All major stakeholders, such as the government, health care experts, and opposition politicians began the pursuit of large campaigns to popularize immunization against Covid-19 through vaccination in Hungary. The ‘Vaccination saves lives’ campaign of the Hungarian Government, whereby popular figures have promoted vaccination began in mid-April 2021 (Dömötör, 2021). At the beginning of May 2021, once vaccines became widely available, the government launched another major awareness campaign to tackle vaccine hesitancy financed by approximately 45 million euros (Magyar Közlöny, 2021). The opposition-led municipality of Budapest launched its own vaccine-promotion campaign also involving celebrities in February 2021 (Vaski, 2021a). Opposition parties and politicians also started to promote vaccination, for example with a joint video of the members of the opposition alliance, and with party statements promoting the need for vaccination to tackle the crisis (Hungary Today, 2021). A narrower campaign began in May 2021 by NGOs, National Minority Municipalities and journalists that aimed to popularize vaccines to the Roma community and help them to register for vaccination (Jász, 2021).
It is reasonable to assume that vaccination promotion had a positive effect as willingness to take vaccination increased from 15 to 68% between December 2020 and May 2021 (see Fig. 1). However, several other potential factors could have led to the increase of vaccine confidence. A natural spiral of increasing vaccine confidence could occur, as more and more people getting vaccinated without experiencing any serious side-effects could have convinced hesitant people about the safety of vaccines. Personal relationships often have a significant influence on individual health practices (Rothman et al., 2020), hence many may have experienced social pressure to get vaccinated. There was also an increase in the share of those who claimed that governmental communication, news in the traditional and social media influenced their attitudes toward vaccination (see Fig. 2). Perceived safety of the vaccines and seriousness of the pandemic had more widespread impact on vaccination attitudes according to respondents’ self-report. Figure 2 also shows that the latter factor’s role sharply increased during the spring of 2021, the time of the third (and most lethal) wave of the COVID-19 pandemic in Hungary.
A Hungarian think-tank, Political Capital’s reports provide the most comprehensive picture about the evolution and present state of the novel anti-vaxxer movement in Hungary (Győri, 2021; Istrate, 2021). In March 2020, “fringe health experts who usually had a medical degree but worked as ‘alternative medicine’ service providers or entrepreneurs started to control fringe news threads, initially in a balanced, cautious manner” (Győri, 2021). In May 2020, however, the movement radicalized in its messaging and started to organize itself in an orderly manner. The self-declared experts launched a fringe news site called ‘Médiaforrás’ (‘Media Source’), established an organization called ‘Orvosok a Tisztánlátásért’ (‘Doctors for Clarity’) and organized a conference inviting conspiracy theorists from Russia and Germany. The movement radicalized even further during the second wave of the pandemic in Hungary (Autumn 2020): protests were organized and the narrative changed from virus-skepticism to conspiracy theories about the newly developed COVID-19 vaccines. Although the Hungarian Chamber of Doctors called for denouncing ‘Doctors for Clarity” in August 2020, the government did not rebuke the organization until 30 October (Istrate, 2021). Every fourth/fifth Hungarians took into consideration anti-vaxxer groups opinion when they decided about vaccination (see Fig. 2) proving that these voices effectively penetrated the public sphere in Hungary. The mainstream media provided a platform to the members of ‘Doctors for Clarity’ after the first wave of the pandemic, though vaccine-sceptic sources in Hungary are mainly Facebook pages and groups and fringe media sites; amongst these are several pro-Russian sites in Hungary (Győri, 2021; Istrate, 2021).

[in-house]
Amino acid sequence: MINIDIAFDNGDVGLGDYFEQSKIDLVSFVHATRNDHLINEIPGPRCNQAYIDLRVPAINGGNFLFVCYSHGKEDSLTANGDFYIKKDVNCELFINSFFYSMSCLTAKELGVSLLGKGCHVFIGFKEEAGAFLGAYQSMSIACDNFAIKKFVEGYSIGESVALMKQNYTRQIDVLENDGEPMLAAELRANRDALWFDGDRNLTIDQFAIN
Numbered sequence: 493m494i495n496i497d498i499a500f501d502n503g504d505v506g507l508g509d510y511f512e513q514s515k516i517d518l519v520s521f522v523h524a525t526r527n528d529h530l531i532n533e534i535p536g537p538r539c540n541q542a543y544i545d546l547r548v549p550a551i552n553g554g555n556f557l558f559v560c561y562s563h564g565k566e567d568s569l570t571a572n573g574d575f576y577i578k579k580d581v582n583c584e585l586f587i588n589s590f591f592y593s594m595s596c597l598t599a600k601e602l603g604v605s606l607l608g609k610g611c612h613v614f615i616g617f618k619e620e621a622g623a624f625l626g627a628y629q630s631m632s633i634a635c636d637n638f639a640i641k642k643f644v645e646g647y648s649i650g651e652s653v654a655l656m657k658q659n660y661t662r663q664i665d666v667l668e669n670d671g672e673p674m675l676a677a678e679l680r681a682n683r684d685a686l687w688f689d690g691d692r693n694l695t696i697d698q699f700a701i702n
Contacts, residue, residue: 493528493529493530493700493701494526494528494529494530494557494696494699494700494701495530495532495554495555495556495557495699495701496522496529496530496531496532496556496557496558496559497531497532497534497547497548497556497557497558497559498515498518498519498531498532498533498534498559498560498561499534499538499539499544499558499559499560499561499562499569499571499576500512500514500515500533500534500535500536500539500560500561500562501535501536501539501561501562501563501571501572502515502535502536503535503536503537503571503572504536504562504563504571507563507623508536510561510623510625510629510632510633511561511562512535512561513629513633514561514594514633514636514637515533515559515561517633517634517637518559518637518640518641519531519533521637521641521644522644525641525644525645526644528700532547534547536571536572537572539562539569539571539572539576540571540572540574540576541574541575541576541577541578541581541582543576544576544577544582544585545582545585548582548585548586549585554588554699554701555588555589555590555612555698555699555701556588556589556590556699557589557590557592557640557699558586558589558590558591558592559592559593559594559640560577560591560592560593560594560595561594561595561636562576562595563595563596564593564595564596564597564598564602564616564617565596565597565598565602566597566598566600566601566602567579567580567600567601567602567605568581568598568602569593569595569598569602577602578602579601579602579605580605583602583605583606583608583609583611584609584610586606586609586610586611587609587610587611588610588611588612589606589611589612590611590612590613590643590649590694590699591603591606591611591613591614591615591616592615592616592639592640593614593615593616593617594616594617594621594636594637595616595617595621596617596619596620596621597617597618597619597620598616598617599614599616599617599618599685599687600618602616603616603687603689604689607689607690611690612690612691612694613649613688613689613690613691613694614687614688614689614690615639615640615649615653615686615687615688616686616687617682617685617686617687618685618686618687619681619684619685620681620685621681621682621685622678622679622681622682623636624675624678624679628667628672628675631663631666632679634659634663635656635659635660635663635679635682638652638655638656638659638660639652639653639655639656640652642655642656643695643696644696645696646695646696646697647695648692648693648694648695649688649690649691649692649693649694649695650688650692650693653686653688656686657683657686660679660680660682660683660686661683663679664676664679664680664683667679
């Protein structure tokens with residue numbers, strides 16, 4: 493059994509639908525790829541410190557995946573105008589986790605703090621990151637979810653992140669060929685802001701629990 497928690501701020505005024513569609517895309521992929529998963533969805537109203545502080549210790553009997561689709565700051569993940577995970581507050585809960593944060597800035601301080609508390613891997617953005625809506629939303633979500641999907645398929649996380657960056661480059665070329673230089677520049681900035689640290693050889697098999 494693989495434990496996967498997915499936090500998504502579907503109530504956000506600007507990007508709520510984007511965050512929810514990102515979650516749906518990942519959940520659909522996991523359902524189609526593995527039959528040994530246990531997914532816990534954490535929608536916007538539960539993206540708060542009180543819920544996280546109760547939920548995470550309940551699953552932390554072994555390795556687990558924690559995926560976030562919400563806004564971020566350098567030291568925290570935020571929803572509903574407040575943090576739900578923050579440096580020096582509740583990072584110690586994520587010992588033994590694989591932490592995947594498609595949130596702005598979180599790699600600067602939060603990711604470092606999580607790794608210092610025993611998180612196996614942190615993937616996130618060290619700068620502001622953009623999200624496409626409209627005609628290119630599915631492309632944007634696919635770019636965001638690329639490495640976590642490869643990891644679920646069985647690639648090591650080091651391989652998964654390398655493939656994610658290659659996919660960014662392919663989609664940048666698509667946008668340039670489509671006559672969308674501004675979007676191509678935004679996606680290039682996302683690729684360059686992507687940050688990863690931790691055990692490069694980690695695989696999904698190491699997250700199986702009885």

Political context further increases the complexity of vaccine hesitancy in Hungary. Besides the vaccines authorized by the European Medicines Agency (EMA), the Hungarian Government decided to obtain 5 million doses of Sinopharm and 2 million doses of Sputnik-V vaccines – (enough for roughly 25% and 10% of the population of Hungary, respectively) – within their vaccine procurement (Reuters, 2021). This action has facilitated a political debate whereby, on the opposition side, politicians argued that the Prime Minister is placing pressure on the Hungarian authorities to approve these vaccines under emergency use, meanwhile one of the opposition parties (Democratic Coalition) launched a petition against the use of Sinopharm as long as it does not gain approval from the European Medicines Agency (Vaski, 2021b). The politicization of this issue also came forward on the Government side, as Prime Minister Viktor Orbán declared at the end of January 2021 that he trusts the Chinese the most with developing the vaccine (Nagy, 2021) and confirmed that he had personally received Sinopharm (Euronews, 2021). The governing parties and the opposition accused one another of eroding trust in Eastern/Western vaccines and being anti-vaxxers (Hungary Today, 2021; Istrate, 2021). Meanwhile, the anti-vaxxer movement established a new party called ‘Normális Élet Pártja’ (‘Party for Normal Life’) in May 2021 (Győri, 2021), and the far-right party ‘Our Homeland’ took a clearly anti-lockdown and anti-vaxxer stance (Istrate, 2021).

Data